A trio of flowering spikes erupt from their leafy bases. Shinleaf can be surprisingly easy to miss, given its gloomily lit haunts. Also, it blooms well after the crush of spring wildflowers, when everyone is in the woods ogling showy bluebells, trout lilies, wood poppies, etc. Furthermore, from my experience, this Lilliputian member of the heath family (formerly and sometimes still the Pyrolaceae family) is normally rather scarce, with widely scattered and small colonies.

An isolated plant showcases the graceful form of Pyrola elliptica. The specific epithet elliptica stems from the slightly elongated shape of the basal leaves. I love the genus name Pyrola, which rolls pleasingly off the tongue. It references the genus Pyrus, the pear trees, due to a supposed resemblance of the foliage.
The little candelabras of waxy white flowers are quite elegant. The other three species of Pyrola found in Ohio have similar inflorescences replete with waxy flowers, but only one other, the Round-leaved Wintergreen (P. rotundifolia) can be locally common, although it is largely confined to the eastern half of the state.

The other two, One-sided Wintergreen (Pyrola [Orthilia] secunda) and Green-flowered Shinleaf (P. chlorantha) are now considered extirpated, as it's been over two decades since anyone has found them. The former occurred in only seven counties in the extreme northeastern corner of the state, and the latter was only found once, in Lucas County. Their disappearance correlates with a seeming northward retreat of northern flora at their southern limits. Rediscover either of those, and you'll become famous in Ohio botanical circles.

Wednesday, June 5, 2024

Osprey seizes fish, Black Terns watch


As always, click the photo to enlarge

An Osprey labors skyward, having just caught a Common Carp. The fish looks shocked as it should be. "Fish Hawk" attacks come without warning. One minute you're plying your trade in the isolation chamber calmness of the underwater world, then suddenly, Crash and Splash! Out of nowhere a giant raptor's talon break the surface, seize you, and next thing you know, you're high aloft and heading for a nest of baby Ospreys. Fate: avian sushi.

Shauna and I attended the amazing Allegany Nature Pilgrimage in southwestern New York, as I gave the keynote last Friday night. Moths, of course, loosely based on Chelsea Gottfried's and my new book, Gardening for Moths, which is equal parts, at least, moth natural history. This was the 66th year for the pilgrimage and it is still going strong with about 700 attendees this year.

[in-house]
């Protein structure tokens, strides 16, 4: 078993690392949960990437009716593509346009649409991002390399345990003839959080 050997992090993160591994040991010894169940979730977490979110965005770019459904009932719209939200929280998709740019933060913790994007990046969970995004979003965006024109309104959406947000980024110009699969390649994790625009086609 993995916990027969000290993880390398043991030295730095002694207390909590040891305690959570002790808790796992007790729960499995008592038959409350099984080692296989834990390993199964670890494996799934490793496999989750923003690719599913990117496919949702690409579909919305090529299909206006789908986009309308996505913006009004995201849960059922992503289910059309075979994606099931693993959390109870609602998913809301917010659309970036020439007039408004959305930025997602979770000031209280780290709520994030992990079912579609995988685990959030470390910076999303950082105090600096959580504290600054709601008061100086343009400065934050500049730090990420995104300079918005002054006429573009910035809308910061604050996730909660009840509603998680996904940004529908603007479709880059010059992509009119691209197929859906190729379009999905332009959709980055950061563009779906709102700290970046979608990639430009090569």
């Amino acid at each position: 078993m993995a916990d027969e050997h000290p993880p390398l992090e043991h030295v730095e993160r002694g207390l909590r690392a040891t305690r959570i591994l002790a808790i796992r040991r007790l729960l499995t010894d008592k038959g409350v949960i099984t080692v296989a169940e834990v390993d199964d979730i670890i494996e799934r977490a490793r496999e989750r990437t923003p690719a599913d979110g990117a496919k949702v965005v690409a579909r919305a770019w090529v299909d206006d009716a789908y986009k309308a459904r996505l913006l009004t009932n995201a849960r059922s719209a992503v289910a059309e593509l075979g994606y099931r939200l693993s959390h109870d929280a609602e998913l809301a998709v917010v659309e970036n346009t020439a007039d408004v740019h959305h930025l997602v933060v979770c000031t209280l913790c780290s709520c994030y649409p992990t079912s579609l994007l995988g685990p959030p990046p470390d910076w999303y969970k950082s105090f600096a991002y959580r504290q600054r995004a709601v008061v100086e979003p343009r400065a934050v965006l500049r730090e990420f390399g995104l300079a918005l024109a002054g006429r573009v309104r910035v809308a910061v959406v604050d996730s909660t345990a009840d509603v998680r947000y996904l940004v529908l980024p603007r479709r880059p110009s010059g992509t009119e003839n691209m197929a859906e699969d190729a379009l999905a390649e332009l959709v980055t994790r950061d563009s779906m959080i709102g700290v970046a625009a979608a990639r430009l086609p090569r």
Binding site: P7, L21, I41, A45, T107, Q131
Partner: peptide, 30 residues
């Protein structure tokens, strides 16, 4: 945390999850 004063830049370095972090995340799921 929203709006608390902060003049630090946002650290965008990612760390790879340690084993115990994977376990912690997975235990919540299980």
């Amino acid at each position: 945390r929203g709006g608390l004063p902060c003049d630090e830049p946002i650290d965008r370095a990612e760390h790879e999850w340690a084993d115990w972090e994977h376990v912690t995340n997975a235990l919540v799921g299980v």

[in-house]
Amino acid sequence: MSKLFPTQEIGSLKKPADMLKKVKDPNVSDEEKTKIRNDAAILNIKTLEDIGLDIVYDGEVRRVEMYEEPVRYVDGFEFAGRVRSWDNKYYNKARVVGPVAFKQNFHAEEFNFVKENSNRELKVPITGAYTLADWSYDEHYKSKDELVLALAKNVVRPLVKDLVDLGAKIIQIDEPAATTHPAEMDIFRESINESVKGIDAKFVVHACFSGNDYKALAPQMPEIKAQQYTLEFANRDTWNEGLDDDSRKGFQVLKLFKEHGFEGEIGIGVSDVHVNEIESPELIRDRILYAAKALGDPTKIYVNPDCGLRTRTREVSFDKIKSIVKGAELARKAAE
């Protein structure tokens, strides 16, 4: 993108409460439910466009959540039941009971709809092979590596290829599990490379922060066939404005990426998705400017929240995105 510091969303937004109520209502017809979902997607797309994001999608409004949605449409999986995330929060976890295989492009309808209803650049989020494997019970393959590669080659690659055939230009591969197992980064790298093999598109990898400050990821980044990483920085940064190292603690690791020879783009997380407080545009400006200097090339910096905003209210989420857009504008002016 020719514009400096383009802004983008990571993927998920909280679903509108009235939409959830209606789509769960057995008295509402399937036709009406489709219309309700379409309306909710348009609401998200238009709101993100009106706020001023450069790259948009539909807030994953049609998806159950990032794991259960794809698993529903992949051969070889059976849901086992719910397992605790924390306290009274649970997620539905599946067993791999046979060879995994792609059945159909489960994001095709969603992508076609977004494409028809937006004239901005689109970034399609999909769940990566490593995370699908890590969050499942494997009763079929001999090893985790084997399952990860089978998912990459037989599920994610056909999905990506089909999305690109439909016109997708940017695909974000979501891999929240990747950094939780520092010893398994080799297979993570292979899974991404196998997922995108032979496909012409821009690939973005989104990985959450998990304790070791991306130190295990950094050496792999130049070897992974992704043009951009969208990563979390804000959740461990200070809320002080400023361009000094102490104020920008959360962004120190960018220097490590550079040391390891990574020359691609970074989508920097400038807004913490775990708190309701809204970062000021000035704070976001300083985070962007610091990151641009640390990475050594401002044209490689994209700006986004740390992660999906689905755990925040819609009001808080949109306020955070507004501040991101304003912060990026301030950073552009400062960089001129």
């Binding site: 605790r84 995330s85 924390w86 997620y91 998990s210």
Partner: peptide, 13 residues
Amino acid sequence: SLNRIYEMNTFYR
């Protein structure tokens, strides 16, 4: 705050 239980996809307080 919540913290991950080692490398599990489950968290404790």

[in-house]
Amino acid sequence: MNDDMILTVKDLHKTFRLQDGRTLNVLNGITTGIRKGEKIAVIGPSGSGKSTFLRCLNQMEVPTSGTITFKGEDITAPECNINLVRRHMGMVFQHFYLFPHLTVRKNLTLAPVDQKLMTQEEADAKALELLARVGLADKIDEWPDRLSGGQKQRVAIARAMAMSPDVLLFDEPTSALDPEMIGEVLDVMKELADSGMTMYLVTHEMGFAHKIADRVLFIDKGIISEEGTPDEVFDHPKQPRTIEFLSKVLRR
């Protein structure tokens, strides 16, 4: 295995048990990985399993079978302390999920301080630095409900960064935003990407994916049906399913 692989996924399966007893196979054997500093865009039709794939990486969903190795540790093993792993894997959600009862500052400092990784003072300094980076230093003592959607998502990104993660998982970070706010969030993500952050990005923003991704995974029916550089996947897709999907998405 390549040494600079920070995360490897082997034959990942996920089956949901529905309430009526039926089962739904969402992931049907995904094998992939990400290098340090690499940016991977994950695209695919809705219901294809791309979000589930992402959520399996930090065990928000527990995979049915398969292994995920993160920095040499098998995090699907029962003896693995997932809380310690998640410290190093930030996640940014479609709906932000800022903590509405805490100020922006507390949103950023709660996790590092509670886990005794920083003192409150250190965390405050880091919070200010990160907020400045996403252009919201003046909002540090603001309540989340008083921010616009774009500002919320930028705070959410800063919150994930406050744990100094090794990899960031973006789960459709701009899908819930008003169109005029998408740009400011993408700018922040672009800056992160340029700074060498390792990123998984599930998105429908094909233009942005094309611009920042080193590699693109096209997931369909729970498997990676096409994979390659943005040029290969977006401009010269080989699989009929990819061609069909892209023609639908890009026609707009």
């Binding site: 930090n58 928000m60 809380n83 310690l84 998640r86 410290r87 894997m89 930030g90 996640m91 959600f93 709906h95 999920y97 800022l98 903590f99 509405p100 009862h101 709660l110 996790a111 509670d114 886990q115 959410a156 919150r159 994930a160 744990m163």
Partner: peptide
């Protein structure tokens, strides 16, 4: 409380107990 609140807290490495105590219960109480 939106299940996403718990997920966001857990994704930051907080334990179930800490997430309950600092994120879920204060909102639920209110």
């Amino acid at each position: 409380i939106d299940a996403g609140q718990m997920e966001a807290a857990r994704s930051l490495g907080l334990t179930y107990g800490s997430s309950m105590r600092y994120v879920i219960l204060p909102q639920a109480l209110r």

After that, we spent a few days based in Rochester, New York, exploring Montezuma and Iroquois National Wildlife Refuges - this Osprey image was created at Montezuma - and a few other nearby sites.

A Black Tern wheels over a marsh at Montezuma NWR. As many as 12 were present simultaneously, and this marsh also hosted up to five Osprey at once. Needless to say, birds in flight opportunities were frequent. I was especially pleased to see the terns. The Black Tern has become much scarcer in many areas, including my home state of Ohio. The reasons are several, probably, not the least of which are loss of marshes. But there's undoubtedly more to the picture. Black Terns take lots of insects, in addition to small fish. Insects are spawned by native plants, generally, and native plant diversity has certainly crashed in heavily managed, diked, marshes controlled by wildlife agencies. Invasive plants thrive in such environments and both Montezuma and Iroquois had lots of Giant Reed (Phragmites australis), Reed Canary Grass (Phalaris arundinacea), Flowering Rush (Butomus umbellatus) and others. Carp also thrives in such environments, and they are hard on wetland ecology. We can at least thank the Osprey for removing some of them.

It was interesting to watch the terns hunting damselflies from floating algal mats and other aquatic vegetation. Damselflies are tiny dragonflies and to spot them, dive, and deftly pluck them from the plants is a feat indeed.

Hopefully I'll get around to posting some more of the interesting observations that we made on this trip.

Thursday, May 30, 2024

A hodgepodge of spring birds

I was out and about, to the extent possible, finding and photographing birds this spring. The last year has been my busiest ever for speaking engagements, thanks in part to my new book, Gardening for Moths. My coauthor Chelsea Gottfried and I have been very pleased with the book's reception, and we're grateful that people are interested in moths. So, if promoting one of our coolest groups of insects meant less bird shooting (with a camera) for a while, no problem.

Here, in no particular order, is some aviphotography from the past month or so.

A Common Gallinule (Gallinula galeata) floats across a marsh. These birds are generally far easier heard than seen. Gallinules, along with Pied-billed Grebes and American Coots, are responsible for much of the loud cackles, grunts, and yelps that emanate from an early morning marsh. The vocalists often remain hidden in vegetation but this bird, lucky me, floated across placid waters in beautiful light. Ottawa National Wildlife Refuge, Lucas County, Ohio, May 8, 2024.

An American Bittern (Botaurus lentiginosus) flies over a Lake Erie marsh. Note the head and bill shadow on the underwing. Before its flight to another section of the marsh, the well-camouflaged heron was regularly delivering its bizarre oonk-ah-choonk song and continued to do so after arrival to its new hunting grounds. Ottawa National Wildlife Refuge, Lucas County, Ohio, May 8, 2024.

A Sora (Porzana carolina) swims through the fringes of a large mixed-emergent marsh. Plenty of the little chicken-like rails were present this day. Soras are much easier to hear than see, though, as they tend to remain in dense cover. There were also a number of Virginia Rails, although on this day those remained sight unseen. Ottawa National Wildlife Refuge, Ottawa County, Ohio, May 8, 2024.